He actually did that? Methinks Mr. Wayne has sunk to new lows. And this is a guy that burned down his own house.

Well, I saw them talking in front of the television, and I heard Cady say something about how it was so sad that things like this happen, and he nodded. I didn't catch what he said back, but I'm sure it was suitably sympathetic and bleeding heart. And then, I saw Cady discreetly sneak out five minutes before I went to the bathroom. He should have known I would have seen that, surely.

I wouldn't give him that much credit, actually. Oh, excuse me, waiter? Could I have some more coffee? Thank you.

Oh, so I called him on it, the Cady thing, of course. I think I actually yelled "Do you think I'm a moron?" in his face. Good thing we were in the hallway, instead of in actual public place.

Did he have anything to say to that?


Oh, of course. Could I have a slice of the chocolate cake? Thanks. I know I should be counting calories, but I feel chocolate craving setting in. Anyway, so we got into something of an argument right there, him making excuse about having things to do "at the office." As if he actually does anything at Wayne Enterprises. I bet they give him a big office and an inexhaustible supply of secretaries so he won't cause trouble. I bet his "work to do" at the office was Cady. She probably has a desk fetish or something.

From what I've heard about her, that wouldn't surprise me. There was that whole thing with the CFO of Kord Industries.


Ooh, you'll have to let me in on the scoop, later of course. We were discussing how much of an asshole Bruce is, right? Okay, so then he takes off, and I'm just standing there in shock and disbelief that anyone, even Bruce Wayne, would have the gall.

Well, he is reasonably young, ridiculously hot, and ridiculously rich. That would probably give a person a lot of gall.

Still...

Yeah, I know what you mean.

And then this old English guy comes up to me and goes, "Ma'am. Master Wayne has asked that I take you home." That was actually a decent English accent, wasn't it?

Yeah, your vocal skills are unparalleled. Get on with the story.

I think I may have been a little rude to him, but I was still pissed off about the whole taking off thing.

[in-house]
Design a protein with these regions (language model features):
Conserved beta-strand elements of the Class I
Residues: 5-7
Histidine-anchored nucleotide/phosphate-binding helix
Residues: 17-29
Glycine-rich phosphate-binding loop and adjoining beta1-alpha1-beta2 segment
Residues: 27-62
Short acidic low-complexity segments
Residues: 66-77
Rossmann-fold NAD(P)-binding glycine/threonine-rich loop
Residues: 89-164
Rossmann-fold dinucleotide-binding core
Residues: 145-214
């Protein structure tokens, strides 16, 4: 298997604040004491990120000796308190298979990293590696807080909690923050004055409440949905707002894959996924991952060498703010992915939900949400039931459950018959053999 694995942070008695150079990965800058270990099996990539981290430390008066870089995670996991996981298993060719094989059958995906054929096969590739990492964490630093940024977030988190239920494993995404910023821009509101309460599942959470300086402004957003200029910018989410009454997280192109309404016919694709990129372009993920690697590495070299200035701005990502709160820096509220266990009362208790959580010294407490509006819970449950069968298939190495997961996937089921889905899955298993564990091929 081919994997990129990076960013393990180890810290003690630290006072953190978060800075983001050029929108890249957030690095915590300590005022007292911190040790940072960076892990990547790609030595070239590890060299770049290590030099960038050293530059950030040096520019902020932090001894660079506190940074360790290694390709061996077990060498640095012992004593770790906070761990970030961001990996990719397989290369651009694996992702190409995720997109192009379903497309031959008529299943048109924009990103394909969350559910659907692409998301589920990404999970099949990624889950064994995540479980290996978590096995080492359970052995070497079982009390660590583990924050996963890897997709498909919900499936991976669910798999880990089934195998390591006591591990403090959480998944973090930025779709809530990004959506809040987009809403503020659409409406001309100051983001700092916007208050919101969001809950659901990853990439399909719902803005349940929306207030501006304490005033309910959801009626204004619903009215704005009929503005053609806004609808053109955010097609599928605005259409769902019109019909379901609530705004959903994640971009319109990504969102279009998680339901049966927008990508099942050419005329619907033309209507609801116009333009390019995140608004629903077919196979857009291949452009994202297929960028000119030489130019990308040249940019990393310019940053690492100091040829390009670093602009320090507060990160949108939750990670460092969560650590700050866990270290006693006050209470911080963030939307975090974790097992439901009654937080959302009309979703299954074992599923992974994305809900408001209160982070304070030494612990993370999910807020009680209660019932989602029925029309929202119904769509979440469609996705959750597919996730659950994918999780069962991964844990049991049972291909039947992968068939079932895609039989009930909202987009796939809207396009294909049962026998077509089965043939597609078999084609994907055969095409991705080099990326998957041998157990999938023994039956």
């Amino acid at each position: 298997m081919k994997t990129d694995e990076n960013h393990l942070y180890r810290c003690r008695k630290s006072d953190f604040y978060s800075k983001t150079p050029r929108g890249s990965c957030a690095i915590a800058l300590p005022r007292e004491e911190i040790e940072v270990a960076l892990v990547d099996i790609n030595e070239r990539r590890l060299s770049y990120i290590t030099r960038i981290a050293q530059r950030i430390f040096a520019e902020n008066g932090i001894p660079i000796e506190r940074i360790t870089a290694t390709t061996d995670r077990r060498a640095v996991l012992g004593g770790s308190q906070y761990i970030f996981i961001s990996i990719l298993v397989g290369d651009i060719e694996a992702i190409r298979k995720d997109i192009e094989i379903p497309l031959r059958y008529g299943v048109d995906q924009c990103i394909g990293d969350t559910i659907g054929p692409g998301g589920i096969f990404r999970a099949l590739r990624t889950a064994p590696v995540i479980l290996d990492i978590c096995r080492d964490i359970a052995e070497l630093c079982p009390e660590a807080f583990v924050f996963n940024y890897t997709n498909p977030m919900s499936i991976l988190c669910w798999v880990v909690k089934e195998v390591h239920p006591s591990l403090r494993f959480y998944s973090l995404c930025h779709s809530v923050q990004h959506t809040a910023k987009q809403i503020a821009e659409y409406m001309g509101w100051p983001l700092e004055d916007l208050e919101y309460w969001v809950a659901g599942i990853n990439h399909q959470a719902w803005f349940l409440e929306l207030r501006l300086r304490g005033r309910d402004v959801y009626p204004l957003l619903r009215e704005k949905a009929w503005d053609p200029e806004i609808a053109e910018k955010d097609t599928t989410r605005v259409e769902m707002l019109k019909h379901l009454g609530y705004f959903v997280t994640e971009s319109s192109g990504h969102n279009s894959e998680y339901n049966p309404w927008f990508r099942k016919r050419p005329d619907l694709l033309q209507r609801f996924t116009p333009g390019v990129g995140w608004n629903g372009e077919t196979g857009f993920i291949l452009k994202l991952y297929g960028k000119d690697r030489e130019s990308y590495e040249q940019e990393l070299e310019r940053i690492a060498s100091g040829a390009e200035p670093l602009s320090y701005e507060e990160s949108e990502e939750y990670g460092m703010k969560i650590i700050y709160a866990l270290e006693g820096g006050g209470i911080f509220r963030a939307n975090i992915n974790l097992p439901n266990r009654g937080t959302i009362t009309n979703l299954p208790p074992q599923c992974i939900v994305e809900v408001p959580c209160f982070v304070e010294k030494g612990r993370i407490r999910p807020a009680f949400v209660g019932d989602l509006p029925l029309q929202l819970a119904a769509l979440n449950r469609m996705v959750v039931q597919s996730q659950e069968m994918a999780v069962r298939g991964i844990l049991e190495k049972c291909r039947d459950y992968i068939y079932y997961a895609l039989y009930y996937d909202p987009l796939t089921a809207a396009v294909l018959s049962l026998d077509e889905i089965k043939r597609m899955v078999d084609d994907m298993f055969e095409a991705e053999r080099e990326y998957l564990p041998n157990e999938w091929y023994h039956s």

Understandable.


The English guy was actually really nice, actually. He apologized a few times for "Master Wayne"'s behavior and really seemed to mean it.

I heard he actually raised Bruce. Like after his parents died.

Seriously? That's crazy. Guess he felt bad for seeing the kid he raised turn out to be such a useless asshole.

Happens to the best of us, I think.

This cake is fantastic, you have to try some.

Oh, this is good, though I don't think I should have any more. Not good for my figure either. So, yeah, what's the deal with you and Bruce now? You have to have ditched him by now.

We are so over. I don't think I'm ever going to talk to that asshole ever again. He can go rot in hell for all I care. Oh, wait, there goes my phone, sorry. Hello? Oh, it's you. I really should be hanging up right now. Why the hell should I hear you out? After that whole thing at the Donovans'? No, I am not being unreasonable. What about Cady? What do you mean 'which Cady'? The one you were flirting with all night! Where am I right now? Why does that matter? If you really must know, I'm having lunch with Veronica right now. Andreas'. Yes, on 10th Street. Don't even think about coming over. Yeah, you're sorry? Well, I don't believe you. You ignored me all night? I bet you always say that 'oh, I'll do better next time,' and yet you never do. How the hell do you think you're going to make it up to me?

I think those are yours.

Hmm. What's mine? Wow. That is a really nice necklace. Look, Bruce, I'll consider it. Can we talk it over later? Maybe? Okay. Bye.

Expensive, yet tasteful, I like.

Hey, we're supposed to be hating him, right? Right? Can I get some support here?

If you're set on hating him, can I have it?